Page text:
In earlier versions of {\CDO} this was necessary to have the right files parsed to the right
operator. Newer version support this with the argument grouping
feature (see \ref{argGroups}). We advice the use of the grouping mechanism instead of the single quoted wildcards since this
feature could be deprecated in future versions. \newline\newline
......@@ -131,7 +130,7 @@ systems without the \textit{glob()} function!\newline
In section \ref{generalChaining} we described that it is not possible to chain operators
with an arbitrary number of inputs. In this section we want to show
how this can be achieved through the use of \emph{operator grouping} with
angled brackets \texttt{[]}. Using these brackets CDO can assigned the inputs
angled brackets \texttt{[]}. Using these brackets {\CDO} can assigned the inputs
to their corresponding operators during the execution of the command line. The
ability to write operator combination in a parenthis-free way is partly given
up in favor of allowing operators with arbitrary number of inputs. This allows
......@@ -139,27 +138,15 @@ a much more compact way to handle large number of input files.\\ The following
example shows an example which we will transform from a non-working solution to
a working one.
\begin{verbatim}
cdo -infov -div -fldmean -cat infile1 -mulc,-1 infile2 -fldmax infile3
cdo -infov -div -fldmean -cat infile1 -mulc,2.0 infile2 -fldmax infile3
\end{verbatim}
This exmple will throw the following error:
This example will throw the following error:
\begin{verbatim}
cdo -infov -div -fldmean -cat infile1 -mulc,2.0 infile2 -fldmax infile3
cdo (Warning): Did you forget to use '[' and/or ']' for multiple variable input operators?
cdo (Warning): use option --variableInput, for description
cdo (Abort): Too few streams specified! Operator div needs 2 input streams and 1 output stream!
\end{verbatim}
The error comes from -div. This operator needs two input streams and one output stream, but -cat has claimed all
possible streams on its right hand side as input and didn't leave anything for the remaining input
or output stream of -div.
For this we can declare a group which will be passed to the operator in front of the group.
\begin{verbatim}
cdo -infov -div -fldmean -cat [ infile1 -mulc,2.0 infile2 ] -fldmax infile3
\end{verbatim}
It is possible to have groups inside groups:
\begin{verbatim}
cdo -infov -div -fldmean -cat [ fileA1 infileC2 -merge [ infileB1 infileB2 ] ] -fldmax infileD
\end{verbatim}
The error is raised by the operator \emph{div}. This operator needs two input
streams and one output stream, but the \emph{cat} operator has claimed all
possible streams on its right hand side as input because it accepts an
......@@ -178,9 +165,9 @@ When working with medium or large number of similar files there is a common
problem of a processing step (often a reduction) which needs to be performed on
all of them before a more
specific analysis can be applied. Ususally this can be done in two ways: One
options is to use
option is to use
\texttt{merge} to glue everything together and chain the reduction step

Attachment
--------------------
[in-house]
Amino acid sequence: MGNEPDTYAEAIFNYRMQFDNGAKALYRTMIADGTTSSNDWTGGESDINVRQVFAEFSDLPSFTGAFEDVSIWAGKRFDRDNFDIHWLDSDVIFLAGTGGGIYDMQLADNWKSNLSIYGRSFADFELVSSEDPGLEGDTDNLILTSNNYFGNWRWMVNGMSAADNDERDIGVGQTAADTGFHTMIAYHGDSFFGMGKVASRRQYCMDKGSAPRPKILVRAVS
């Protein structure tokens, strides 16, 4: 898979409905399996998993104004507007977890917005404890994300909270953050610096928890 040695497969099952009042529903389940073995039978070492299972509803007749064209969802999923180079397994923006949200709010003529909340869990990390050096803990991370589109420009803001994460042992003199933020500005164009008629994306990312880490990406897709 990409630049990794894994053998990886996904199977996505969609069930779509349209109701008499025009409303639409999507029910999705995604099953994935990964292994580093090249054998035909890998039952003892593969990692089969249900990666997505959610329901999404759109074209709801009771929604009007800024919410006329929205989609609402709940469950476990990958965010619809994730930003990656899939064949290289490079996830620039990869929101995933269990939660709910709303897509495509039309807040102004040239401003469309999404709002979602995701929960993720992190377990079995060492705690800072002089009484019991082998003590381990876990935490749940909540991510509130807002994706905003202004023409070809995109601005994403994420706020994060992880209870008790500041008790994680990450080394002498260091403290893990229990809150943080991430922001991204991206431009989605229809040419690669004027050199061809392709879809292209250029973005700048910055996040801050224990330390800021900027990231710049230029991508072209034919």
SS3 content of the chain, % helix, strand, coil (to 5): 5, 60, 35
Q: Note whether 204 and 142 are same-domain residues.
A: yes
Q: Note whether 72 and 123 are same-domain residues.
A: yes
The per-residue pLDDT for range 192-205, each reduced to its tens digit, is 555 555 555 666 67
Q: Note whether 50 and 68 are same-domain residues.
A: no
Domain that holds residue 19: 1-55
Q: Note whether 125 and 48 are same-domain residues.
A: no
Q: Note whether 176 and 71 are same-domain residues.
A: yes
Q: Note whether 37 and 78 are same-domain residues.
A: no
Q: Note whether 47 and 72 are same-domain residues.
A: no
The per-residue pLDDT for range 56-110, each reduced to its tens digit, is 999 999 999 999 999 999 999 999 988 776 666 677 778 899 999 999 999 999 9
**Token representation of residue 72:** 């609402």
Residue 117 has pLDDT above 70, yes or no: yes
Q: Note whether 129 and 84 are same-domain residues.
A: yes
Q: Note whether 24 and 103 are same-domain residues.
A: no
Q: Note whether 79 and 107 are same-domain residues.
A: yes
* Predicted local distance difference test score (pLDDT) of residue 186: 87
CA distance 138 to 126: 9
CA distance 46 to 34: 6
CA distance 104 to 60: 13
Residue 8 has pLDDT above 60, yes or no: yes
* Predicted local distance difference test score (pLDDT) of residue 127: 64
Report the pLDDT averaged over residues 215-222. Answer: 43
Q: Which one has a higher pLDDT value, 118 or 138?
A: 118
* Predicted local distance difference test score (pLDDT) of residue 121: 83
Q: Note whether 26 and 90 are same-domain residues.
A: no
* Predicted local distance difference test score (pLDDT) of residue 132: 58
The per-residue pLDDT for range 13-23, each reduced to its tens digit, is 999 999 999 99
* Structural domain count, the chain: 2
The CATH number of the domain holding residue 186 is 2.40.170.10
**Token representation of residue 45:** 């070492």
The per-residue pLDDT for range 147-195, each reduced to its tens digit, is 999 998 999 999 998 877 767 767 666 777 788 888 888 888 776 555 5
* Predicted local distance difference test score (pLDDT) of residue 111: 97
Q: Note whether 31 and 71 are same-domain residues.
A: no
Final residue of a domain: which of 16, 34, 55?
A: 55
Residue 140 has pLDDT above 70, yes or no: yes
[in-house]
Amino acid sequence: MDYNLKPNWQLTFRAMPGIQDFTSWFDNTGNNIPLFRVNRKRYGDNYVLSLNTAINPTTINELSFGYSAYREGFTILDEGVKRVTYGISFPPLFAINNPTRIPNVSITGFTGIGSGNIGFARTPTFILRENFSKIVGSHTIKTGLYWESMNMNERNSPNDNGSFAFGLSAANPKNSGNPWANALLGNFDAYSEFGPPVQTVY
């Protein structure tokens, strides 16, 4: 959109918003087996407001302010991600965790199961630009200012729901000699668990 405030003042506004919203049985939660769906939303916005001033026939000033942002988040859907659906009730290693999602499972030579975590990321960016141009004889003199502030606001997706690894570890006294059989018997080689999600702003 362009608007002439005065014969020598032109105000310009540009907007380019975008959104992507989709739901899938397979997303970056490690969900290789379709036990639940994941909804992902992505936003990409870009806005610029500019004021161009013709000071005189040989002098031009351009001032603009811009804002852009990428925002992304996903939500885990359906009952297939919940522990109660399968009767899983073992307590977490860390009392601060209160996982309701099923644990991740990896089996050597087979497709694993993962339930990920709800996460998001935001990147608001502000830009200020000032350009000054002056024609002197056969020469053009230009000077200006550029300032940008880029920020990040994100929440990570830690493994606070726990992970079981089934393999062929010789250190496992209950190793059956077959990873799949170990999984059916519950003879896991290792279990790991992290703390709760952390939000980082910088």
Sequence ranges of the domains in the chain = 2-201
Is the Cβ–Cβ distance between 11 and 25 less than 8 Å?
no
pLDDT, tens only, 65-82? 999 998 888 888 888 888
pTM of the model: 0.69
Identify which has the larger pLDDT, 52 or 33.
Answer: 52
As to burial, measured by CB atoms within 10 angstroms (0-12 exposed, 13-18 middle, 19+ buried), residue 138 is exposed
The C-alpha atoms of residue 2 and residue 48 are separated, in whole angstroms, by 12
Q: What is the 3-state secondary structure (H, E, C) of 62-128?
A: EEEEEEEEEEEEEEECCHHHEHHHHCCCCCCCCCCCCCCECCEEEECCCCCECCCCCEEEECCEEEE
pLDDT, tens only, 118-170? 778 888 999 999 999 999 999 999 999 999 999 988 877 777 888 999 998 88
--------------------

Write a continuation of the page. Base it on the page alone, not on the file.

after it. The second options is to write a for-loop over all inputs which perform
after it. The second option is to write a for-loop over all inputs which perform
the basic processing on each of the files separately and call \texttt{merge} one
the results. Unfortunately both options
have side-effects: The first one needs a lot of memory because all files are
......@@ -202,11 +189,10 @@ The following is an example with three input files:\\
\end{verbatim}
\caption{Usage and result of apply keyword}
\end{figure}
Apply is especially useful when combined with wildcards. The previous example can be shortened
further.
Apply is especially useful when combined with wildcards. The previous example can be shortened further.
\begin{verbatim}
cdo -merge -apply,-daymean [ file? ] outfile
\end{verbatim}
\end{verbatim}
As shown this feature allows to simplify commands with medium amount of files and to move reductions further
back. This can also have a positive impact on the performance.
\begin{figure}[H]
......@@ -230,7 +216,7 @@ back. This can also have a positive impact on the performance.
In the example in figure \ref{simpApply} the resulting call will dramatically save process
interaction as well as execution times since the reduction (daymean) is applied on the files first. That means
that the merge operator will receive the reduced files and the operations for merging the whole
data is saved. For other CDO calls further improvements can be made by adding more arguments to
data is saved. For other {\CDO} calls further improvements can be made by adding more arguments to
apply (\ref{multiArgApply})
\begin{figure}[H]
A less performant example.
......@@ -246,7 +232,7 @@ apply (\ref{multiArgApply})
\paragraph{Restrictions:}While the apply keyword can be extremely helpful it has several restrictions (for now!).
\begin{itemize}
\item Apply inputs can only be files, wildcards and operators that have 0 inputs and 1 output.
\item Apply can not be used as the first cdo operator.
\item Apply can not be used as the first {\CDO} operator.
\item Apply arguments can only be operators with 1 input and 1 output.
\item Grouping inside the Apply argument or input is not allowed.
\end{itemize}
......